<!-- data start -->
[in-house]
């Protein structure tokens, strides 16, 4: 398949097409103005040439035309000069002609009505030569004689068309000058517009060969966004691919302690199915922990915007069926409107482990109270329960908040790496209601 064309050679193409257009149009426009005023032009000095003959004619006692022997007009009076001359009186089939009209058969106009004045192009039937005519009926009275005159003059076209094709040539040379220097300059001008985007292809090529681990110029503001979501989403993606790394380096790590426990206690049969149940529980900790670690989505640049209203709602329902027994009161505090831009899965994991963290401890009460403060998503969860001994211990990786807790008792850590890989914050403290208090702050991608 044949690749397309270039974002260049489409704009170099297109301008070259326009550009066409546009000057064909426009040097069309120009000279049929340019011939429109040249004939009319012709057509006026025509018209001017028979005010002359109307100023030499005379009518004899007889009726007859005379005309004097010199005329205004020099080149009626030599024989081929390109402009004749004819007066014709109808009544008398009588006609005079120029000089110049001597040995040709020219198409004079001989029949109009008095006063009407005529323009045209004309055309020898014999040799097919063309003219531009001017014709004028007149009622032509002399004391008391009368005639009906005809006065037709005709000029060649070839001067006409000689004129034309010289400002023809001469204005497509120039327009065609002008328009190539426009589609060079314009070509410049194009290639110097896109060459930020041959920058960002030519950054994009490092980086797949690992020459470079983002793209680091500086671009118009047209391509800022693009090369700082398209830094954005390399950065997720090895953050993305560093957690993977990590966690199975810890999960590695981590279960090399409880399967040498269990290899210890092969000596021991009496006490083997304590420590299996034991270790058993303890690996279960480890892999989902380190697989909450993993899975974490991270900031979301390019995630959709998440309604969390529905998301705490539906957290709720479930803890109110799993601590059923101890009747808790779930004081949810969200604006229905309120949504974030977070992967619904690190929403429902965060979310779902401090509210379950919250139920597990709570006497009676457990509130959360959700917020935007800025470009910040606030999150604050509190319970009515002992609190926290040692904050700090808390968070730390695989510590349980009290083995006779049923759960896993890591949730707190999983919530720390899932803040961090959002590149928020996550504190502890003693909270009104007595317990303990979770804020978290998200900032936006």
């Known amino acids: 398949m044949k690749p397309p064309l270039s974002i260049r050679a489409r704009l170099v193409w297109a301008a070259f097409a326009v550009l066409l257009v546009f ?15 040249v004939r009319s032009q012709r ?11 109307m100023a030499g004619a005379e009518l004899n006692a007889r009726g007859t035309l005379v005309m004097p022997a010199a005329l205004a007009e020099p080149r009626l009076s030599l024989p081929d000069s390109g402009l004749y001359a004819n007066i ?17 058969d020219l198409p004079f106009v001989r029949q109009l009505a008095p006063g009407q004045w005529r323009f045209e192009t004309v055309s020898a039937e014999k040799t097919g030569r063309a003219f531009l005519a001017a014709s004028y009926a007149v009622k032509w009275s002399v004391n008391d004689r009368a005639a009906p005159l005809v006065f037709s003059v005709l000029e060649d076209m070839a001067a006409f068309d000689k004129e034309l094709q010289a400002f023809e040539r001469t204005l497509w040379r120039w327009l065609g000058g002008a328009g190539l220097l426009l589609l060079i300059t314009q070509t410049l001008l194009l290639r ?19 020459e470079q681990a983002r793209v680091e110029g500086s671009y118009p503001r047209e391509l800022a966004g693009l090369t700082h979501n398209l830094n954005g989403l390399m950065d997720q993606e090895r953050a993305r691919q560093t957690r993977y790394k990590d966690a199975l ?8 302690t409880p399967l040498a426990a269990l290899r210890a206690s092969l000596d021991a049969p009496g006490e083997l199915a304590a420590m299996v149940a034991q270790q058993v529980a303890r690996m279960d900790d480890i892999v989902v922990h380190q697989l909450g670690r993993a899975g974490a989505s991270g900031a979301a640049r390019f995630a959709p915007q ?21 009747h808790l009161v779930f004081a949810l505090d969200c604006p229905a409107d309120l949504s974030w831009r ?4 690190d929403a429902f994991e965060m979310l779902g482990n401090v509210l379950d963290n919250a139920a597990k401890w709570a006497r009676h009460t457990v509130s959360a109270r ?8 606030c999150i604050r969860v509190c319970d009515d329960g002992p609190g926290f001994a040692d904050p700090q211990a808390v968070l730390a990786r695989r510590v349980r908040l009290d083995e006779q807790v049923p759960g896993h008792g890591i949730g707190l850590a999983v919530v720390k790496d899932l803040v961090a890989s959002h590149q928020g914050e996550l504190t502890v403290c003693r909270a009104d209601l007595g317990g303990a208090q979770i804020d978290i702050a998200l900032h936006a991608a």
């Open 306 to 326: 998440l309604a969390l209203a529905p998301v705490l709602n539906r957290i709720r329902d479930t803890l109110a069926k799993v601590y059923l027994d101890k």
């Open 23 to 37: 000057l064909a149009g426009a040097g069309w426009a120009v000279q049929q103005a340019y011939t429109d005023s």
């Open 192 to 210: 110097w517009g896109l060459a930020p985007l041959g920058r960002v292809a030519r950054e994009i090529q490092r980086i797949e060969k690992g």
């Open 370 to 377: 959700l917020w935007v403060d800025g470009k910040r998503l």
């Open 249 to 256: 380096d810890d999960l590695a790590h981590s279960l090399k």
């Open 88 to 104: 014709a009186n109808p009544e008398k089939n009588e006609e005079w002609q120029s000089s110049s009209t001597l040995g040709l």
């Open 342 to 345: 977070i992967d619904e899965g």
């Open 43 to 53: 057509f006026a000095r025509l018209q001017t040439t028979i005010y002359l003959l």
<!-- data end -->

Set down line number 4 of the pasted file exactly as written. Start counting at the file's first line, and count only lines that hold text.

């Open 306 to 326: 998440l309604a969390l209203a529905p998301v705490l709602n539906r957290i709720r329902d479930t803890l109110a069926k799993v601590y059923l027994d101890k």